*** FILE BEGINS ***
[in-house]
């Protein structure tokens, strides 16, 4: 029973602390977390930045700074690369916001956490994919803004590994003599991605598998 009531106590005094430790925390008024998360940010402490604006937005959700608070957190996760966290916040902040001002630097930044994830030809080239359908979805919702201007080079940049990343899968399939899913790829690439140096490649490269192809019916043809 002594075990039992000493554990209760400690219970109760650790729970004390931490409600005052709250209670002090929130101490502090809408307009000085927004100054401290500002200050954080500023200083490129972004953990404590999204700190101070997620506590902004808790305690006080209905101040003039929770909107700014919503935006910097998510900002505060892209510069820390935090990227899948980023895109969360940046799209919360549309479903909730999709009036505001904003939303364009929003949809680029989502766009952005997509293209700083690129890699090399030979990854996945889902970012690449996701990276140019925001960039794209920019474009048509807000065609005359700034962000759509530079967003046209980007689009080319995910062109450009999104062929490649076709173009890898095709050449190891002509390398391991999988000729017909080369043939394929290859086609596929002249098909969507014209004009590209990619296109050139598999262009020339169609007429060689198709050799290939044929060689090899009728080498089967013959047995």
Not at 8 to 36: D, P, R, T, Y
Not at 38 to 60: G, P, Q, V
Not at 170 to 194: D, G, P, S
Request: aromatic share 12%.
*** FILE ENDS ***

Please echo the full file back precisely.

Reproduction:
[in-house]
């Protein structure tokens, strides 16, 4: 029973602390977390930045700074690369916001956490994919803004590994003599991605598998 009531106590005094430790925390008024998360940010402490604006937005959700608070957190996760966290916040902040001002630097930044994830030809080239359908979805919702201007080079940049990343899968399939899913790829690439140096490649490269192809019916043809 002594075990039992000493554990209760400690219970109760650790729970004390931490409600005052709250209670002090929130101490502090809408307009000085927004100054401290500002200050954080500023200083490129972004953990404590999204700190101070997620506590902004808790305690006080209905101040003039929770909107700014919503935006910097998510900002505060892209510069820390935090990227899948980023895109969360940046799209919360549309479903909730999709009036505001904003939303364009929003949809680029989502766009952005997509293209700083690129890699090399030979990854996945889902970012690449996701990276140019925001960039794209920019474009048509807000065609005359700034962000759509530079967003046209980007689009080319995910062109450009999104062929490649076709173009890898095709050449190891002509390398391991999988000729017909080369043939394929290859086609596929002249098909969507014209004009590209990619296109050139598999262009020339169609007429060689198709050799290939044929060689090899009728080498089967013959047995």
Not at 8 to 36: D, P, R, T, Y
Not at 38 to 60: G, P, Q, V
Not at 170 to 194: D, G, P, S
Request: aromatic share 12%.